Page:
Democratic File Revision Control
Welcome to the technical demonstration of democratic software and product development as well as broad democratizing of collaborative knowledge management. This demonstration setup provides the following components:
- an instance of LiquidFeedback, which has been extended with the ability to control repositories,
- Git repositories served by GitWeb and git-http-backend,
- Mercurial repositories served by HgWeb, and
- a Wiki on Fruits, demonstrating the wiki functionality.
The accreditation to the demonstration system is managed by Interaktive Demokratie e.V. Please contact them by email if you are interested in further studying this demonstration setup as an active participant.
The technology needed for democratically managing repositories
will be integrated into LiquidFeedback soon has been integrated into LiquidFeedback 3.1. More information about this new technology is available at the following official sources:
- Press release "Democracy conquers software and product development and knowledge data base management" by Interaktive Demokratie e.V.
- Scientific essay "Democratic File Revision Control with LiquidFeedback" by Björn Swierczek, published in Issue 4 of The Liquid Democracy Journal on electronic participation, collective moderation, and voting systems. For an abstract of the article, see below.
In this paper, it is shown how a project team can democratically decide on incorporating changes of files held in a repository managed by a revision control system by extending LiquidFeedback and its proposition development and decision making process.
LiquidFeedback [LF] is an open source software for proposition development and decision making published by the Public Software Group e. V., Berlin, Germany [PSG]. [PLF, p.13] Since 2010 the software LiquidFeedback is used by political parties, non-governmental organizations, regional governments, and companies for opinion formation, binding decision making, and citizen petitions.
A revision control system is the standard way to track changes of the source code of a computer software developed by multiple authors. This technique is also used for many other purposes, like tracking changes to documents, books, datasets, product data, or any other kind of information. Different revision control systems are availabe on the market and used widely. Often used systems are Git [Git], Mercurial [Mercurial], and Subversion [Subversion]. Other software is incorporating aspects of revision control systems to track changes while providing other functionalities, e.g. Wiki systems like MediaWiki [MediaWiki] used by Wikipedia [Wikipedia].
But these systems lack support for collective decisions on incorporating changesets. In most implementations, either a user has write privileges or not. Therefore, in larger projects, especially projects with more than a few dozen active contributors, only a small number of people regularly have final control over the files held in the repository. They are moderating the process of applying changes and finally deciding if a change set will be included or not.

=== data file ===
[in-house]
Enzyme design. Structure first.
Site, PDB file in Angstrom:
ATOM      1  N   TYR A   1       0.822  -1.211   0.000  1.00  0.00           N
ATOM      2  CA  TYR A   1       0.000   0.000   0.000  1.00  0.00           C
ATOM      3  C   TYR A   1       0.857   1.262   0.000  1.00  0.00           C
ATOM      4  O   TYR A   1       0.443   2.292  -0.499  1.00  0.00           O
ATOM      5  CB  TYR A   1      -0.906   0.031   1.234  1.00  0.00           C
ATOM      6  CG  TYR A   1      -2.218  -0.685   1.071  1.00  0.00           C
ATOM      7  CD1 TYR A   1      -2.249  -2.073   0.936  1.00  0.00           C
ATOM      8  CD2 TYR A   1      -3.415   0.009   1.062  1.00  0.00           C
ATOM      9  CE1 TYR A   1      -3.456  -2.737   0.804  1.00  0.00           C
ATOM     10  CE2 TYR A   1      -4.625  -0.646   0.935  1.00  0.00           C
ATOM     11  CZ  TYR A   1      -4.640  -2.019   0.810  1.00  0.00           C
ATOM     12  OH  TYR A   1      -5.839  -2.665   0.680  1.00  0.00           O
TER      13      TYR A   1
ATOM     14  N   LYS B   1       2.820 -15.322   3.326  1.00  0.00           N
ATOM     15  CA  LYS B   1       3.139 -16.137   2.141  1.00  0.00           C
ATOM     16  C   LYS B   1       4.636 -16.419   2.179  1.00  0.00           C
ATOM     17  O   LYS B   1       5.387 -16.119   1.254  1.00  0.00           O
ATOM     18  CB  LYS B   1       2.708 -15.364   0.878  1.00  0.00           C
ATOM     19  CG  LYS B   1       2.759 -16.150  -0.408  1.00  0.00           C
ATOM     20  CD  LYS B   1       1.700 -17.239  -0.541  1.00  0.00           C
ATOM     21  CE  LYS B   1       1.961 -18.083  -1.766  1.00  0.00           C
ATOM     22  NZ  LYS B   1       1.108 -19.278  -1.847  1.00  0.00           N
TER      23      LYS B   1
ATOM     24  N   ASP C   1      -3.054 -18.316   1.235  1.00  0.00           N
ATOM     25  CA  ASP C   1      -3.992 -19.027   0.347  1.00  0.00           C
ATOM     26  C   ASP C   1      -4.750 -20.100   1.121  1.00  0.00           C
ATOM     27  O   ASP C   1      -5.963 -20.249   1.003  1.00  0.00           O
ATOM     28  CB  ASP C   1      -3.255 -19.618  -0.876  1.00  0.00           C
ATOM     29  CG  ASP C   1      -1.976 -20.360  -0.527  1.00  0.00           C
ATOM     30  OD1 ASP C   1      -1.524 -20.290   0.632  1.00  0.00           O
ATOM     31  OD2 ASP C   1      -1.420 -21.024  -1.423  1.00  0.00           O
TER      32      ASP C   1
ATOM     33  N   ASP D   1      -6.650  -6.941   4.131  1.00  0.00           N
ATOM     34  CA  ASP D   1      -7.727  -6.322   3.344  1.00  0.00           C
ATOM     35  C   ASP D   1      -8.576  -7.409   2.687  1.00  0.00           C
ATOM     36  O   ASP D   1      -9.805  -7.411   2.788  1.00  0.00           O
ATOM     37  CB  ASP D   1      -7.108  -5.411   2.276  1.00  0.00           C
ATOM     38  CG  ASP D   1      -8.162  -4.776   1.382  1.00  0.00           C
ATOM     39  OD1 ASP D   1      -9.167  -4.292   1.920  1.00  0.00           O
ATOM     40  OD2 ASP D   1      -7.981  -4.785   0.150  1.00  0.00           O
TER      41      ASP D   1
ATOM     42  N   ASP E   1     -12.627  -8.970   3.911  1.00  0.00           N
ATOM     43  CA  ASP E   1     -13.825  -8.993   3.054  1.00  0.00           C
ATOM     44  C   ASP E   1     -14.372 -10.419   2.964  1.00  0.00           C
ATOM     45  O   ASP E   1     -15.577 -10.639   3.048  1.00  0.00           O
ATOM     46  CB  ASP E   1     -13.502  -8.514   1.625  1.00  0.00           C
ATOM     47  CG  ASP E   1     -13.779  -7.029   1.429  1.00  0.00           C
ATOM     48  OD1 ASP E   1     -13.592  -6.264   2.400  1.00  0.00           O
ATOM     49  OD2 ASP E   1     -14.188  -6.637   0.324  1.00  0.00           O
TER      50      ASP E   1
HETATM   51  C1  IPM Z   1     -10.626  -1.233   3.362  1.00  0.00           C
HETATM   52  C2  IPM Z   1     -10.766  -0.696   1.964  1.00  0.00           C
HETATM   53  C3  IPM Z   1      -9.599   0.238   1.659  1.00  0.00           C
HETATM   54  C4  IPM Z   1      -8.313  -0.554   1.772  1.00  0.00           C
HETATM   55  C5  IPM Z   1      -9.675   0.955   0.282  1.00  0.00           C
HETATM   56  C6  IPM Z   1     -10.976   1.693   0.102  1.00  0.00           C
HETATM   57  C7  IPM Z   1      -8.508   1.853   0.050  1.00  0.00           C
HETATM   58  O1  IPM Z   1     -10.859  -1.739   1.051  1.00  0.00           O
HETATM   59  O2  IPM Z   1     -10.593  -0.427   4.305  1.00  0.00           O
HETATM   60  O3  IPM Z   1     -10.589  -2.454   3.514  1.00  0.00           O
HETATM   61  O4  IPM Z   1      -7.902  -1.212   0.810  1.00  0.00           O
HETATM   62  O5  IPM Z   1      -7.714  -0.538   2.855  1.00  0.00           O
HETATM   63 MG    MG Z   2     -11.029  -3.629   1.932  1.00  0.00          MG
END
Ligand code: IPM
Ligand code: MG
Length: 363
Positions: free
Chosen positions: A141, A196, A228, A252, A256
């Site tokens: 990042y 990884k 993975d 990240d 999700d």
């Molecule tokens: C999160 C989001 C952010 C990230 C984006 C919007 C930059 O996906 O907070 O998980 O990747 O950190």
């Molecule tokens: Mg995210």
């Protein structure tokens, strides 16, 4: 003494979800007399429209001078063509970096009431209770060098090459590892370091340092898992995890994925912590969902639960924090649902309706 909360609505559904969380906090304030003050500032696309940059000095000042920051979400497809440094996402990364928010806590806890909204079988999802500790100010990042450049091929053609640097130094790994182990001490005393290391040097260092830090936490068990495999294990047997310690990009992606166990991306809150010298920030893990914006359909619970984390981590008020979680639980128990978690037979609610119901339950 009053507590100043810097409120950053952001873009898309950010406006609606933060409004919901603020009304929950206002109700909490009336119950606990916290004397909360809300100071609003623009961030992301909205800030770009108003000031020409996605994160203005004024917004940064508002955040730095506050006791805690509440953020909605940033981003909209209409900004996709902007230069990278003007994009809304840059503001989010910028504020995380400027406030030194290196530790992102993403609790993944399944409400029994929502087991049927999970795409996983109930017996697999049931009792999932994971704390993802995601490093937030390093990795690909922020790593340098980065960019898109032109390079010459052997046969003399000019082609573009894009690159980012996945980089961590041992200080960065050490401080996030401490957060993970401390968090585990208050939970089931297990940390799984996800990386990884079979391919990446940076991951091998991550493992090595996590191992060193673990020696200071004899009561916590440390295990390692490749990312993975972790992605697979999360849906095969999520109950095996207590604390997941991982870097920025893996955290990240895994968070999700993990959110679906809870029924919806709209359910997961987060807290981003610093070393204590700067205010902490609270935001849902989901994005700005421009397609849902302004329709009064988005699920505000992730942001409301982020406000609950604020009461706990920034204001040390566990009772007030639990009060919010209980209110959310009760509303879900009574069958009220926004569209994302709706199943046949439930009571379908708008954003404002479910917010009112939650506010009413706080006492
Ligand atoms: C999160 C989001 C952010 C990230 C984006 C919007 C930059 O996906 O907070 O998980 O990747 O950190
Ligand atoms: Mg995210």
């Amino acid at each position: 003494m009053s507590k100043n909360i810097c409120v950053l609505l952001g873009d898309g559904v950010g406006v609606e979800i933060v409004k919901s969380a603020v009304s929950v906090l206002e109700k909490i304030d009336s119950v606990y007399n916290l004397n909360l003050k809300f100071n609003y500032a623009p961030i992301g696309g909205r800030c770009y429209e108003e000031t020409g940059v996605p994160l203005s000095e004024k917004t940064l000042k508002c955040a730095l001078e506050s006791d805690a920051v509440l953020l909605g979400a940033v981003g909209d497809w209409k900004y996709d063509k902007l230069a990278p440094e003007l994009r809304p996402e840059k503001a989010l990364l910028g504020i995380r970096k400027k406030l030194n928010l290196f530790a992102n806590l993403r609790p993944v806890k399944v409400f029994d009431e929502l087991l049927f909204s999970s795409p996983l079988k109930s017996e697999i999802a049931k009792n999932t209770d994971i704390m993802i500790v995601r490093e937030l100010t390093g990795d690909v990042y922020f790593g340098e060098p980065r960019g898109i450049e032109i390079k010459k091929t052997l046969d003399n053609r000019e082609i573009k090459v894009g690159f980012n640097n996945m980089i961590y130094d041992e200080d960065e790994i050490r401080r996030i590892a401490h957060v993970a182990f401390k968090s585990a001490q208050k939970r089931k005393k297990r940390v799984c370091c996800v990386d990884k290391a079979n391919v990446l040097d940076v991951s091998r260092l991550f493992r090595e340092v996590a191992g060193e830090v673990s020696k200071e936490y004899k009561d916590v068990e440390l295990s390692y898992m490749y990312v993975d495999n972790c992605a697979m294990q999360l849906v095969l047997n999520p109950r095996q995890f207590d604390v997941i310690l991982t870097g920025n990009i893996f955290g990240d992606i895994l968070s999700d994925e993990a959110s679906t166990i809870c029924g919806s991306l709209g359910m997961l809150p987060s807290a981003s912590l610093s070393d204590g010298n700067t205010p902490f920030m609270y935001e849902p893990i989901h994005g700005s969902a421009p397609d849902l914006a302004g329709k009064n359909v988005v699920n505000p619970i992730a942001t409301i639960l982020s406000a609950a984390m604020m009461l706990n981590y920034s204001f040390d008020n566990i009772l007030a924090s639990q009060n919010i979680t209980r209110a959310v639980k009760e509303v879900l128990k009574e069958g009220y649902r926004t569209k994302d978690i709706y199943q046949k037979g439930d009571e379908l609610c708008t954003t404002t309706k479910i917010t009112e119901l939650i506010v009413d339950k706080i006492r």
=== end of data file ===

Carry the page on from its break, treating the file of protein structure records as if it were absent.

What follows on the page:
To overcome these limitations and to get rid of the need of priviliged moderators, it is shown that it is possible to extend and use LiquidFeedback in such a way that the process of changing the files managed by a revision control system can be organized collectively by the members of the project team using LiquidFeedback's proposition development and decision making process. Furthermore, it will be shown that these concepts can also be adopted by many other systems which are utilizing revision control systems.
Through implementing a proof of concept, it is demonstrated that it is technically possible to organize democratic decision making on incorporating changes to files held in a repository. Therefore, the decision if a project makes use of privileged moderators or implements a democratic decision process is not a technical question anymore, but an organizational or political one. This opens new application fields for democratic processes in the context of revision control and at the same time new application fields for revision control systems in the context of democratic processes. It is also possible to create completely new application fields by using the synergistic effects created by utilizing LiquidFeedback with revision control systems.
The full article "Democratic File Revision Control with LiquidFeedback" by Björn Swierczek is published in Issue 4 of The Liquid Democracy Journal on electronic participation, collective moderation, and voting systems.
[Git] The “Git” ditributed revision control system. Website https://git-scm.com/ (interactive)
[GitWeb] Software component “GitWeb” of the ‘Git’ revision control system, see https://git-scm.com/book/en/v1/Git-on-the-Server-GitWeb
[git-http-backend] Software component “git-http-backend” of the ‘Git’ revision control system, see http://git-scm.com/docs/git-http-backend
[HgWeb] Software component “HgWeb” of the ‘Mercurial’ revision control system, see https://mercurial.selenic.com/wiki/PublishingRepositories?action=recall&rev=192#hgweb_-_introduction_and_prerequisites
[LF] Project page of “LiquidFeedback” at http://www.public-software-group.org/liquid_feedback
[MediaWiki] The “MediaWiki” wiki system, written in PHP. Website https://www.mediawiki.org/wiki/MediaWiki (interactive)
[Mercurial] The “Mercurial” distributed source control management system. Website https://mercurial.selenic.com/ (interactive)
[PSG] Association “Public Software Group e. V.”, Berlin, Germany, publisher and copyright holder of LiquidFeedback. Website http://www.public-software-group.org/ (interactive)
[Subversion] The “Apache Subversion” version control system. Website http://subversion.apache.org/ (interactive)
[Wikipedia] The free online-encyclopedia “Wikipedia”. Website https://www.wikipedia.org/ (interactive)